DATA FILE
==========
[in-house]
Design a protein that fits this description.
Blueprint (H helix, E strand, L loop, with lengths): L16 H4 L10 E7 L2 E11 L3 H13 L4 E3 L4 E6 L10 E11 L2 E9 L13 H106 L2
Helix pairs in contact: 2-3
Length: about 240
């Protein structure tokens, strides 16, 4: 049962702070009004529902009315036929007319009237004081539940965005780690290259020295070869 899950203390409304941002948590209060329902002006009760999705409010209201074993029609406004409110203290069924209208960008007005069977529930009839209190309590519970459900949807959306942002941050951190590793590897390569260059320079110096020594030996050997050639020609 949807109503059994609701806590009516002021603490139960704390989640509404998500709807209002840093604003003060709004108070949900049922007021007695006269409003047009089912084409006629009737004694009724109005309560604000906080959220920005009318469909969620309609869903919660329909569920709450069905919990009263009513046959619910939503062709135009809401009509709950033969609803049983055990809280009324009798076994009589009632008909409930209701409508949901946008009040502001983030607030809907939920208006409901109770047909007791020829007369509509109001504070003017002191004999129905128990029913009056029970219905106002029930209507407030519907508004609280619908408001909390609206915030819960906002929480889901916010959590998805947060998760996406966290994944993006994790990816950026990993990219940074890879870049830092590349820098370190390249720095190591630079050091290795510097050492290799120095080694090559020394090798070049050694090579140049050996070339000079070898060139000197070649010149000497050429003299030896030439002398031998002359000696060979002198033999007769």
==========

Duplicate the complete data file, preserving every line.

[in-house]
Design a protein that fits this description.
Blueprint (H helix, E strand, L loop, with lengths): L16 H4 L10 E7 L2 E11 L3 H13 L4 E3 L4 E6 L10 E11 L2 E9 L13 H106 L2
Helix pairs in contact: 2-3
Length: about 240
């Protein structure tokens, strides 16, 4: 049962702070009004529902009315036929007319009237004081539940965005780690290259020295070869 899950203390409304941002948590209060329902002006009760999705409010209201074993029609406004409110203290069924209208960008007005069977529930009839209190309590519970459900949807959306942002941050951190590793590897390569260059320079110096020594030996050997050639020609 949807109503059994609701806590009516002021603490139960704390989640509404998500709807209002840093604003003060709004108070949900049922007021007695006269409003047009089912084409006629009737004694009724109005309560604000906080959220920005009318469909969620309609869903919660329909569920709450069905919990009263009513046959619910939503062709135009809401009509709950033969609803049983055990809280009324009798076994009589009632008909409930209701409508949901946008009040502001983030607030809907939920208006409901109770047909007791020829007369509509109001504070003017002191004999129905128990029913009056029970219905106002029930209507407030519907508004609280619908408001909390609206915030819960906002929480889901916010959590998805947060998760996406966290994944993006994790990816950026990993990219940074890879870049830092590349820098370190390249720095190591630079050091290795510097050492290799120095080694090559020394090798070049050694090579140049050996070339000079070898060139000197070649010149000497050429003299030896030439002398031998002359000696060979002198033999007769």